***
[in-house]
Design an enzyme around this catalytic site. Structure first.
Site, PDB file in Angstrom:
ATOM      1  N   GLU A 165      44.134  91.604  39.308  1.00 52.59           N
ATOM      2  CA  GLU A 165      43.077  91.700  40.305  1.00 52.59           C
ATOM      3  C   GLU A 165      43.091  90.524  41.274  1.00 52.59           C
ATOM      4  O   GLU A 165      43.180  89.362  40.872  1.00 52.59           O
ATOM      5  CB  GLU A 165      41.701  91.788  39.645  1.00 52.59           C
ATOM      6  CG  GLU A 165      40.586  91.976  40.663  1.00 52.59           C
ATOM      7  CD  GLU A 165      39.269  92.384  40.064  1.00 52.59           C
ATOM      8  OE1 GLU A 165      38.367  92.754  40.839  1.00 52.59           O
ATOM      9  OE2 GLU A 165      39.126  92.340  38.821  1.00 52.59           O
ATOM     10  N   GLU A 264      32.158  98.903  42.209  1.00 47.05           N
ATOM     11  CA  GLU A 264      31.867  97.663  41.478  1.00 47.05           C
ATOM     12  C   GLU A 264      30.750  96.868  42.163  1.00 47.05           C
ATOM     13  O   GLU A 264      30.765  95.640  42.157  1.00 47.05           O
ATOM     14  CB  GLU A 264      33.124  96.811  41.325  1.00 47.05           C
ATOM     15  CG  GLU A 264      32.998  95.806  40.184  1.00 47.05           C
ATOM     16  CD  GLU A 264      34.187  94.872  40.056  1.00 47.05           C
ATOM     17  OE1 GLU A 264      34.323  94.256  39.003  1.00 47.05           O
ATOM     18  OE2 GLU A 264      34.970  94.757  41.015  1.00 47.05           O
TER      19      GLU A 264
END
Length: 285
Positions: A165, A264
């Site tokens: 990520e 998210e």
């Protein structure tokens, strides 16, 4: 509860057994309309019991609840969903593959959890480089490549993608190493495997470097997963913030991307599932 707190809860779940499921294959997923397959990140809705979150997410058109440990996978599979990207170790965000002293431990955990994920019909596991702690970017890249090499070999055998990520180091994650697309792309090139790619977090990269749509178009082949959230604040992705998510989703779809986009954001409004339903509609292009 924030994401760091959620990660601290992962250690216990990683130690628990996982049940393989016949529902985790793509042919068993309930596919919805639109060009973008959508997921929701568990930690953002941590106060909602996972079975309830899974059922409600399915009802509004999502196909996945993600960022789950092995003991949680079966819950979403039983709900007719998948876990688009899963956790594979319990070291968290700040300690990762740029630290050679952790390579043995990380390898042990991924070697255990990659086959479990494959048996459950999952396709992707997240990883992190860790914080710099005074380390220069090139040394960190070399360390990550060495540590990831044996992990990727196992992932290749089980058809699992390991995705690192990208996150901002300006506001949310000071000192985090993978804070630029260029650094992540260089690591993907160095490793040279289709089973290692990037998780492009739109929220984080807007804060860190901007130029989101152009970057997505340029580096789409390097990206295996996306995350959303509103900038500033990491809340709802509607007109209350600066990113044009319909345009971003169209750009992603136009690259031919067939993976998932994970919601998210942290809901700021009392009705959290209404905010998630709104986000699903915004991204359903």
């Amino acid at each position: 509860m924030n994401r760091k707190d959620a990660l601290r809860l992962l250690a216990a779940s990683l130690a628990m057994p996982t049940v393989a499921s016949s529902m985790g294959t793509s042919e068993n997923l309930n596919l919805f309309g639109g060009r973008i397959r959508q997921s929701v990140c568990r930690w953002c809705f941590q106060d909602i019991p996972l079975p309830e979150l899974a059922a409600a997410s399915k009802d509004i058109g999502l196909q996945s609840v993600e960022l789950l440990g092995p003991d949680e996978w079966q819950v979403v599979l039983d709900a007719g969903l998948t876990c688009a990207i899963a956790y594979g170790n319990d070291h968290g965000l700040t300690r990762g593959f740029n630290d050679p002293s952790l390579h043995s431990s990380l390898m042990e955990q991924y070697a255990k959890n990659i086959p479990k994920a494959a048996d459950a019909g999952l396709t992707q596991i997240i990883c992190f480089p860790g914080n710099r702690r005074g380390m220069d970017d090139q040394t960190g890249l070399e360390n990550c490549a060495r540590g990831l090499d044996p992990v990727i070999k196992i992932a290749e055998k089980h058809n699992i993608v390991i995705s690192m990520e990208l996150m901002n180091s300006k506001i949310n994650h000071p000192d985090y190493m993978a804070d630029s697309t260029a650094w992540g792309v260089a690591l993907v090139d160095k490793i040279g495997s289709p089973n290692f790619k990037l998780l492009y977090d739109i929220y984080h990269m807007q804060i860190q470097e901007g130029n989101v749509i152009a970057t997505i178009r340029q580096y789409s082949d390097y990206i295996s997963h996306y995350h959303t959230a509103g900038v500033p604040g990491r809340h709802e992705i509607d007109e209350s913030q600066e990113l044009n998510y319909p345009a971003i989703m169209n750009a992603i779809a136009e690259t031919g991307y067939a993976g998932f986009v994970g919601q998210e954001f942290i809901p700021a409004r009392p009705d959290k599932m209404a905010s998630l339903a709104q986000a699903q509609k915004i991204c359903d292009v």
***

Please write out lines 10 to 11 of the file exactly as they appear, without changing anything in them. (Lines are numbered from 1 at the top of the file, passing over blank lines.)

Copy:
ATOM      7  CD  GLU A 165      39.269  92.384  40.064  1.00 52.59           C
ATOM      8  OE1 GLU A 165      38.367  92.754  40.839  1.00 52.59           O